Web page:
Most old road alignments I’ve found have been brief, lasting less than a mile. I’ve encountered a handful that have lasted a few miles, such as the 5-mile old alignment I missed between Aurora and Dillsboro earlier on US 50. But just check out this old alignment of Indiana’s US 50!
That’s almost 21 miles of old-alignmenty goodness! Old US 50 follows Main St. and Vallonia Rd. out of Brownstown, then State Road 135 through Vallonia, then State Road 235 to Medora, and finally a series of county roads back to US 50.
We hit the mother lode!
And so off we went. Our first stop along the Mother of All Old Alignments was Vallonia. The French settled this land in the late 1700s. The settlers and area Indians didn’t get on too well, and by 1810 hostilities had broken out. Governor William Henry Harrison ordered a fort be built at Vallonia to protect the settlers. He sent two companies of Indiana Rangers here during the War of 1812; several skirmishes happened here during the war.
Not that you could tell it today. This is one seriously sleepy town. We saw not a soul as we walked its main street.
People still live in Vallonia, of course. Some of them go to church here, at the Vallonia United Methodist Church. It was founded in 1858; this building was completed in 1906.
We thought the church might be the only non-residential building in Vallonia until we rounded the curve and found its faded business district. This is the only building that looked like it might still contain a business.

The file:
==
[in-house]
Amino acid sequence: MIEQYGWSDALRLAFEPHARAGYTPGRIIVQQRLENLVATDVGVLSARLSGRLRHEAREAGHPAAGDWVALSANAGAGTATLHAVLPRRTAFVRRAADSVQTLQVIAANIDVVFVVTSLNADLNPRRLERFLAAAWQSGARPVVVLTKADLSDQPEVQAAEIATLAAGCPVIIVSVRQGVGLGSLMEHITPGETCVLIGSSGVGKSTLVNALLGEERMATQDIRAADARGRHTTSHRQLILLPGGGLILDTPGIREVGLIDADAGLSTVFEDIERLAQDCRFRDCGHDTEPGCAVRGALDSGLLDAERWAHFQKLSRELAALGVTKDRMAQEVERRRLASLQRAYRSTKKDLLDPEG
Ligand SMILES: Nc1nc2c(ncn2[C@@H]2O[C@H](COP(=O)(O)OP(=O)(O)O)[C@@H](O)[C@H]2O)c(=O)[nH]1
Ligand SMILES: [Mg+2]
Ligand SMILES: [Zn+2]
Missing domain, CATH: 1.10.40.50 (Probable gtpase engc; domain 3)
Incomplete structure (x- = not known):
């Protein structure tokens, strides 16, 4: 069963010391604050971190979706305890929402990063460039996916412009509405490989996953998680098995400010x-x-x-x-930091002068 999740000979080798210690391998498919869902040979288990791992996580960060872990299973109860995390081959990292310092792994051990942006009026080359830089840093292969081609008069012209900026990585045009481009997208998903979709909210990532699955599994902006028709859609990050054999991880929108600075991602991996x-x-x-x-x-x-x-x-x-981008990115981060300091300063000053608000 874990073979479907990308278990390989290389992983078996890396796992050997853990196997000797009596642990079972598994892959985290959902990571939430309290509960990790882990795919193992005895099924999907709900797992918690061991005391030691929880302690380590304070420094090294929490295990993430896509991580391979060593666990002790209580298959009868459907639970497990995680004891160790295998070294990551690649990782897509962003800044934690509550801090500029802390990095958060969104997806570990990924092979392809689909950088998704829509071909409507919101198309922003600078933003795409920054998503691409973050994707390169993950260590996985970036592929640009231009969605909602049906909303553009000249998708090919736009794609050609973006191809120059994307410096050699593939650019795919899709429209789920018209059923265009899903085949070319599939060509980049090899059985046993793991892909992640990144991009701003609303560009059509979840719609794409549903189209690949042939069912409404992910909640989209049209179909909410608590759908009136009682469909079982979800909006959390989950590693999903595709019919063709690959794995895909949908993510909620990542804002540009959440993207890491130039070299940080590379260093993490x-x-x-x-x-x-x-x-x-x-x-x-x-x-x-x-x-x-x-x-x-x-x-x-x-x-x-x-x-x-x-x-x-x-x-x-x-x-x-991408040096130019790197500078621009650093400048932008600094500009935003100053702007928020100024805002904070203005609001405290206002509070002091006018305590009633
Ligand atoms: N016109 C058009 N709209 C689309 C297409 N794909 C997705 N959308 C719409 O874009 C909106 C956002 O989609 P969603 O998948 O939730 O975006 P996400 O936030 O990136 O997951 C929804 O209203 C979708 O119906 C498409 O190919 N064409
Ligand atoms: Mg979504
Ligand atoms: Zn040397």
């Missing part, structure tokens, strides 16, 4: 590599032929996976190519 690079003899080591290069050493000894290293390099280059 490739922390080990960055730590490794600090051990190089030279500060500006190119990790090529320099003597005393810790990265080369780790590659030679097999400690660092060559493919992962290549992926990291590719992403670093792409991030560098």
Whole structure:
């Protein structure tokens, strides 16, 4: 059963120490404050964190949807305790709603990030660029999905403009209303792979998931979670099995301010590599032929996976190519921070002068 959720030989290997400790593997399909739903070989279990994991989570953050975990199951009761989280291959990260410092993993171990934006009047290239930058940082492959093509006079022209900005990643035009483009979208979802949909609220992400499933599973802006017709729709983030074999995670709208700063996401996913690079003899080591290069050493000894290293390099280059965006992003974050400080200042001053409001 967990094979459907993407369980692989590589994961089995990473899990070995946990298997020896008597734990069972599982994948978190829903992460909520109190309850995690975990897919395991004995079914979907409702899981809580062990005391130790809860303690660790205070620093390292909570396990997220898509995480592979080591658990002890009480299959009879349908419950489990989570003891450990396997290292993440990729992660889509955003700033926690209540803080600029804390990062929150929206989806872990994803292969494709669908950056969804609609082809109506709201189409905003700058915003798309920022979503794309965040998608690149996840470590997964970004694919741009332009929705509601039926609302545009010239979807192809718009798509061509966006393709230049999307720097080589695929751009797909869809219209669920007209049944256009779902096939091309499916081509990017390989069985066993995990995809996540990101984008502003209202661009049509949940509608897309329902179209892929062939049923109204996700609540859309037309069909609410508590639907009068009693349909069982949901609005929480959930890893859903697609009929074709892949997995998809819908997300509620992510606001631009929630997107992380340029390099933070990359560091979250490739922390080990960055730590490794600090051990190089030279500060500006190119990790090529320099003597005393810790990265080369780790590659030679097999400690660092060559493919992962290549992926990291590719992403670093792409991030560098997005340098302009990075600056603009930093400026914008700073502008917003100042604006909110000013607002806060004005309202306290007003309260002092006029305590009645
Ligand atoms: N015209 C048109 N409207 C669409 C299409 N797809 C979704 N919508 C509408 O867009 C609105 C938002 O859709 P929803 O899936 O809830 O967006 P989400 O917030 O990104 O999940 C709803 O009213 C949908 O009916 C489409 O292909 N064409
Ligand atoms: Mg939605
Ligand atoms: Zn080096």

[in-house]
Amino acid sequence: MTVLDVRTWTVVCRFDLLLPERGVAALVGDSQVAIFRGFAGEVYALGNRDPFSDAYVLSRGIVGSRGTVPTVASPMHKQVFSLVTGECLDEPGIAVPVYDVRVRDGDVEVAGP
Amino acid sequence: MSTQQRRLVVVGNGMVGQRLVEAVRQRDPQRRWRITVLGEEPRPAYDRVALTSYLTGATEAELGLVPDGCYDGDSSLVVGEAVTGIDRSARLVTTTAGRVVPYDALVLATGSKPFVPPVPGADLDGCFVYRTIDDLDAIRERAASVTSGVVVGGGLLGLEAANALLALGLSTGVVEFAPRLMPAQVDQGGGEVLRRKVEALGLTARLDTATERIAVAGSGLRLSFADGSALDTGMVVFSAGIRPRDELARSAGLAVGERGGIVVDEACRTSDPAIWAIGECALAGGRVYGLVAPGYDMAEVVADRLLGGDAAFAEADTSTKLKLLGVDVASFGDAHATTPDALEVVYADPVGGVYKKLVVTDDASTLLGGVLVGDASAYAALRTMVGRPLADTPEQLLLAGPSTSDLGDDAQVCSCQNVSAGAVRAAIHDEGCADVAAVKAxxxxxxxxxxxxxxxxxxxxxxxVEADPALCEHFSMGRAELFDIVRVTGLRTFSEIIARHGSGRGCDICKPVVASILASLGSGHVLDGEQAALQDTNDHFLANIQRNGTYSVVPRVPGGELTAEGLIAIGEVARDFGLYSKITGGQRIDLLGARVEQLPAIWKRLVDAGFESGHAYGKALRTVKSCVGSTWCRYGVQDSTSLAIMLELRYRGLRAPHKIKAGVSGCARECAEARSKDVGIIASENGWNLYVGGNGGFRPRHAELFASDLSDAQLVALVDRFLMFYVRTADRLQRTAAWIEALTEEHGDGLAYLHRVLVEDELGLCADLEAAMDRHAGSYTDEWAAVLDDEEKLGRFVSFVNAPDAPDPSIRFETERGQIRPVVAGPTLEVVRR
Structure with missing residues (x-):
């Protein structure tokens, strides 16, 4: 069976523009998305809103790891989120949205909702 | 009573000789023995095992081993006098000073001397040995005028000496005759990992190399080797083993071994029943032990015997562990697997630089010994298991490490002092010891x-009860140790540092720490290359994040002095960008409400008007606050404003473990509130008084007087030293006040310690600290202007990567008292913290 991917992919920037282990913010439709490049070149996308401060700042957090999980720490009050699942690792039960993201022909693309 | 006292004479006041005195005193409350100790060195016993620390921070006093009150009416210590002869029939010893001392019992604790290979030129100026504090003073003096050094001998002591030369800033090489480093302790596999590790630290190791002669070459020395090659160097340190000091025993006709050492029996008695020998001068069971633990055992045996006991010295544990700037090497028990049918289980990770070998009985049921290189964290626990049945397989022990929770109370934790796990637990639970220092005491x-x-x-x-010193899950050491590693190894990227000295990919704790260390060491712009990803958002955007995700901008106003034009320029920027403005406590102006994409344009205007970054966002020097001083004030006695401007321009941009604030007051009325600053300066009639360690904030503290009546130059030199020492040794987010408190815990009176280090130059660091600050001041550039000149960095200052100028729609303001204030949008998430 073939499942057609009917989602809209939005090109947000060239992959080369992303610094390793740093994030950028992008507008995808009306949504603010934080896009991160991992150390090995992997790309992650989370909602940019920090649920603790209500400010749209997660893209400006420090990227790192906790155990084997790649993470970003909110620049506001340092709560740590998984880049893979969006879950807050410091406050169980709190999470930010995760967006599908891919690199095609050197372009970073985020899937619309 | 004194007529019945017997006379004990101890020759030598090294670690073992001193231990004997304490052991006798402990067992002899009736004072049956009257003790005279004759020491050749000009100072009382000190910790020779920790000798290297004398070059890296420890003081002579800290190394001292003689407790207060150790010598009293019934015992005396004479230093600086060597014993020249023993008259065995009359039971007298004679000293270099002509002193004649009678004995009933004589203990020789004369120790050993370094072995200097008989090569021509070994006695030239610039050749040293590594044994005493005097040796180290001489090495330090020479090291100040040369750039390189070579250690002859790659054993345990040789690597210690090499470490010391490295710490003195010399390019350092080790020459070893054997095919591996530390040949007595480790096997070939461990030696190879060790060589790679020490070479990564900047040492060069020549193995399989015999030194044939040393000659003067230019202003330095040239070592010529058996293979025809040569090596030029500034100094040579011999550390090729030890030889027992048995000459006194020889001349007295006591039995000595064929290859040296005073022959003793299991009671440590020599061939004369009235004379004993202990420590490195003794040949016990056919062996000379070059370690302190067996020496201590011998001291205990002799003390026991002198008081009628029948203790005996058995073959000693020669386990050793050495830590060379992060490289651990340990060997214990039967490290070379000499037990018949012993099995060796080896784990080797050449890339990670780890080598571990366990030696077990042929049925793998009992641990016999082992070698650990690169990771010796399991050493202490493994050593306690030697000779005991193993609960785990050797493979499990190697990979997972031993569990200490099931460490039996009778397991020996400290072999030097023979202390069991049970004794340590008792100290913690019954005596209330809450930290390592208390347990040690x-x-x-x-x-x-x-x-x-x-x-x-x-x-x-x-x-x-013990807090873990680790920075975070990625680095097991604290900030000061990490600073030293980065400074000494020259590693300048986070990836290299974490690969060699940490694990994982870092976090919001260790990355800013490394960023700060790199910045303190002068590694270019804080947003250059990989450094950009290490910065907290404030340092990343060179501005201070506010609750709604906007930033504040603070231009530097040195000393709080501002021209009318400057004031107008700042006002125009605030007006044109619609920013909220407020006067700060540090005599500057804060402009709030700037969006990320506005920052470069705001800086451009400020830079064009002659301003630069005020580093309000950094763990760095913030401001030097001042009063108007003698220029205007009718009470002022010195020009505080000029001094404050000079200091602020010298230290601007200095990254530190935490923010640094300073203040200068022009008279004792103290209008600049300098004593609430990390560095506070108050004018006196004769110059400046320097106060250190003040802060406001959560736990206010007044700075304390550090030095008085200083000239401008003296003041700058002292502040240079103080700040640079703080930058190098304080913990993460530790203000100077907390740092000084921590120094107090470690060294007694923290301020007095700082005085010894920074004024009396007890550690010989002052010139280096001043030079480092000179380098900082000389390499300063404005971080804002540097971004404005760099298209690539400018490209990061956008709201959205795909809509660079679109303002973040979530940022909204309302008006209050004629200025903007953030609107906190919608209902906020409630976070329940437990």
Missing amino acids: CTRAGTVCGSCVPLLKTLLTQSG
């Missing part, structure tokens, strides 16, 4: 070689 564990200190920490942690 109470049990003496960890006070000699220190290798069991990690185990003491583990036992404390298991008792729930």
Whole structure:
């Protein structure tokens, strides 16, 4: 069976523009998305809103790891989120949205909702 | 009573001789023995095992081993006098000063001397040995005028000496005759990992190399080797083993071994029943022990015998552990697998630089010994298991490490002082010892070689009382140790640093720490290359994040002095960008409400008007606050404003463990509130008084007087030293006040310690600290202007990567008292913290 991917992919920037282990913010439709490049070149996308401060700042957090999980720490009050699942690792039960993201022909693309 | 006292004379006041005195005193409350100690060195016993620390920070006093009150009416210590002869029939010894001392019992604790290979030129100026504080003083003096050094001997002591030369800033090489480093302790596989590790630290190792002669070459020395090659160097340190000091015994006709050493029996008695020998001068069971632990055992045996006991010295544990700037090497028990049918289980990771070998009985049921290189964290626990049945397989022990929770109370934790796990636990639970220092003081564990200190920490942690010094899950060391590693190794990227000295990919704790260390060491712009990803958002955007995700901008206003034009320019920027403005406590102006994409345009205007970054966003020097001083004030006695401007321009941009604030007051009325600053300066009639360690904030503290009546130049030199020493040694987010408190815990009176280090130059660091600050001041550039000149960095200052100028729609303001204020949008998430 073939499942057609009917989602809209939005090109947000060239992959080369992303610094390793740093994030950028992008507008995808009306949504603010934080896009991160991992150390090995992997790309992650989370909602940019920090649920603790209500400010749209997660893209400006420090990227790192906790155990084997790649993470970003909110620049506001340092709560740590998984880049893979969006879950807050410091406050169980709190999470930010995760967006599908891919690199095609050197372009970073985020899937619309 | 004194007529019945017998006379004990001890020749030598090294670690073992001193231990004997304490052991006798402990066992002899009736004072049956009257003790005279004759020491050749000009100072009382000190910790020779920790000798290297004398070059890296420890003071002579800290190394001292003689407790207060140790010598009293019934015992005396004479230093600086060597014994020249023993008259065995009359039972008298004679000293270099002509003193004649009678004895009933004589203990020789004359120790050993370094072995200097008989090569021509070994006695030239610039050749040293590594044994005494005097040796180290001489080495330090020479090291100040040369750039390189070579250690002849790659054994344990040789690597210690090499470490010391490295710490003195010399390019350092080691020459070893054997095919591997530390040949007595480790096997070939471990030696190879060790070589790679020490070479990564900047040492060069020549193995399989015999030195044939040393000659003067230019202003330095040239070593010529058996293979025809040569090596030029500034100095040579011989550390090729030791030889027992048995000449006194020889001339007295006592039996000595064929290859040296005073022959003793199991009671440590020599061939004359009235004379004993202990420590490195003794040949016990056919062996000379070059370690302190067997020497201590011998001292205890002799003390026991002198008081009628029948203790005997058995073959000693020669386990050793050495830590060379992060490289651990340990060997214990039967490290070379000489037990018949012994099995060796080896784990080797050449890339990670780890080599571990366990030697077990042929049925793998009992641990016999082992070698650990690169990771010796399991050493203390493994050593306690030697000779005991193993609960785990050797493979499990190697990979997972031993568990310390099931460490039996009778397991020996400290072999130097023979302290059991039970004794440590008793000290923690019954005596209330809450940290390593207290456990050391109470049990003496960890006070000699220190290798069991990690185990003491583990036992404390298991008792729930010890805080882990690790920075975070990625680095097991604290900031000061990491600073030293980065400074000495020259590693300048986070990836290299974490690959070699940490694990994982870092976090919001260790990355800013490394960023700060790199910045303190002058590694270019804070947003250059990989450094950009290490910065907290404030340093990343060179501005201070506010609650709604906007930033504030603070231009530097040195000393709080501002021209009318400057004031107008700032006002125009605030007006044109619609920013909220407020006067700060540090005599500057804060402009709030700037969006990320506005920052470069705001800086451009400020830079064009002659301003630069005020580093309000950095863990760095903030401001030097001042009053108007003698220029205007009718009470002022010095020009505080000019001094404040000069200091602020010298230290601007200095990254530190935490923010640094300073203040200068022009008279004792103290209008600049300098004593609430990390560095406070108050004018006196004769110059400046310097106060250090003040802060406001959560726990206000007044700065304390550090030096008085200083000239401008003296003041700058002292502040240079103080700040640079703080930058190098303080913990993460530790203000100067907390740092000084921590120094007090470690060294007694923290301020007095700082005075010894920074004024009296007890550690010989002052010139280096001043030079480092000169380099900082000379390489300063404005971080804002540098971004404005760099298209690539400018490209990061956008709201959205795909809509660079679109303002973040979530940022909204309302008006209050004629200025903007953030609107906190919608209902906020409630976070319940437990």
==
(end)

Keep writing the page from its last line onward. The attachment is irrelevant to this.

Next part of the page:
This simple building is more typical; it appears to be used only for storage. The triple doors on the right suggest that this might have been an automobile repair garage early in its life.
Next door stands the Joe Jackson Hotel, built in 1914. I haven’t been able to find out anything about Joe Jackson, but his hotel was apparently the finest in Jackson County (which is named for President Andrew Jackson, not old Joe). Check out this photo of the hotel shortly after it opened. Also check out this photo of the barber shop it once contained.
The hotel doesn’t contain much of anything today, as this photo shows. But it is being restored. It was the first sign of life we saw in Vallonia.
Another sign of life is Fort Vallonia. It’s not the original fort; that’s long gone. This one was built in 1969. Ever since, the fort has hosted Fort Vallonia Days, a festival every October that attracts 30,000 people.
I guess maybe Vallonia isn’t so sleepy after all!
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Last updated on 20 February 2020 by Jim Grey